Page:Journal of the Asiatic Society of Bengal Vol 7, Part 1.djvu/480

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On the affinities of Galathea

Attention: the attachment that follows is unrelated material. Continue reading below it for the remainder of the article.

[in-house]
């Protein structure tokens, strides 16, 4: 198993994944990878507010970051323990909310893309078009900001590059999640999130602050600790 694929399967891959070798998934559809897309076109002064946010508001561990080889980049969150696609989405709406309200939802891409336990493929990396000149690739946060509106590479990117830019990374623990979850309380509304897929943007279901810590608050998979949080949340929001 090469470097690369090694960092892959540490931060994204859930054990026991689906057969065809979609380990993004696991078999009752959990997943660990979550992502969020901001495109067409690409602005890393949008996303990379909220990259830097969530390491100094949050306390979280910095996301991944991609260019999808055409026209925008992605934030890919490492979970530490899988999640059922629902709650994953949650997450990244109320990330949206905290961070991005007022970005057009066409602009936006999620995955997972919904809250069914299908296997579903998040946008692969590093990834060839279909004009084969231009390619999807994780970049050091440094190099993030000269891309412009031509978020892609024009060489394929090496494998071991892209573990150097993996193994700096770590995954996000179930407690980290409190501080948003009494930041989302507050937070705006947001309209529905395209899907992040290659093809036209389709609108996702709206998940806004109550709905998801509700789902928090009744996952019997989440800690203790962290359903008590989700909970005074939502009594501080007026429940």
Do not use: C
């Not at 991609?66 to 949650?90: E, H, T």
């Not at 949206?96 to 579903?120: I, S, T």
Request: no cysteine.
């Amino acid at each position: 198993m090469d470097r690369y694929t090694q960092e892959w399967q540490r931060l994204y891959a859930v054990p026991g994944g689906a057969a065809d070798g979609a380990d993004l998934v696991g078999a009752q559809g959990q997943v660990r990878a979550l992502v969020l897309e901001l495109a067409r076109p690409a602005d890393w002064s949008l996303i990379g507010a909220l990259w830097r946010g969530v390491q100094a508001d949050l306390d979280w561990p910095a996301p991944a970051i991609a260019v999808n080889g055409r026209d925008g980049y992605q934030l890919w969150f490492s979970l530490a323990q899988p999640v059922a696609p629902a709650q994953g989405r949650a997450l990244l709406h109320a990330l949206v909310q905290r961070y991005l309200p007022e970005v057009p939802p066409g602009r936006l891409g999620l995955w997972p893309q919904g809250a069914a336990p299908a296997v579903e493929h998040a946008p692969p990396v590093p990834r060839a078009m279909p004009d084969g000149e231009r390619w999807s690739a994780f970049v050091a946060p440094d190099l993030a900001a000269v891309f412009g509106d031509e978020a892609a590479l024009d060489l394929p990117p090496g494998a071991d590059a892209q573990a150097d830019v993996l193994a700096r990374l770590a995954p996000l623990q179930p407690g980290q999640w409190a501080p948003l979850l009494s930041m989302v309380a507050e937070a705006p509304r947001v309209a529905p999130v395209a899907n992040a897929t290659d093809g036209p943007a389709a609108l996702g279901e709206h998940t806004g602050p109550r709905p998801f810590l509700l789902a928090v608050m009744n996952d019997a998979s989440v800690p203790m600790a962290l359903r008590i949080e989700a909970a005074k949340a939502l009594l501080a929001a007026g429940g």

graphed plate, as though they were all different names of the same family. Now to analyze the sentence : Hitivira I suppose to be a corrupt writing of iff^^T hridivtra l noble in heart,' equivalent to the Pehlevi word beh translated by " excellent." — Airdna cha paramesivara, and the supreme lord of Airtin or Persia, may be read (perhaps better) Air an va Pdrsesivara, the lord of Iran and JFars. For the name, we have severally phd,cha, va, gha, or Jid ! followed by liitigdn or hitikhdn ; and lastly devajanita, as before explained. I am quite at a loss to find owners for such names, and although this is the third time I have alluded to this coin, gaining little by little each time, still I fear we have much to learn before we can unravel its entire history. For the present I leave unnoticed the Pehlevi legend, merely placing under view in the annexed plate, corresponding passages from regular Sassanian coins, which being titles, will soon lead to a knowledge of their alphabet and meaning. III. — Note on the affinities of Galathea of Lamarck ( Potamophila qfSoiverbyJ, a Genus of Fluviatile Testacea. By W. H. Benson, Esq. Bengal Civil Service. Much misapprehension appears to exist with regard to the proper jocation of the Fluviatile bivalve genus Galathea of Lamarck. That distinguished author placed the shell among his " Conques Fluviatiles," and considered it to be nearly allied to Cyrena, referring merely to the teeth as a sufficiently distinguishing character. Rang, more unaccount- ably, either on a cursory examination of the shell only, or of its description and without reference to the indications of the characters of its inhabi- tant, which the testaceous covering exhibits, says that it would perhaps be advisable to unite it to Cyrena. It is true that this writer includes not only the Conchce and Nymphacece, but also the Mactracece, Cardiacece, and Lithophagi in one overgrown section, which he denominates " Conchacees," but this attempt at generalization does not, in any wise, absolve him from the charge of mistaking the place of the genus in question in the family, which he has thought fit to constitute. The fortuitous acquisition of a specimen of this still rather rare shell enables me to offer some observations concerning it, which may serve to illustrate its true affinities, and may not only tend to confirm Lamarck's separa- tion of it from Cyrena, but likewise shew the propriety of its location in a different family from that which he classed it. The remaining genera of Lamarck's Conchce, whether marine or fluviatile, consisting of Cyrena (including the more modern genus Corbicula) Cyclas, Cyprina, Cytherea, fyc, possess the ligament and siphons on the longer side, or that which occupies the dorsal aspect of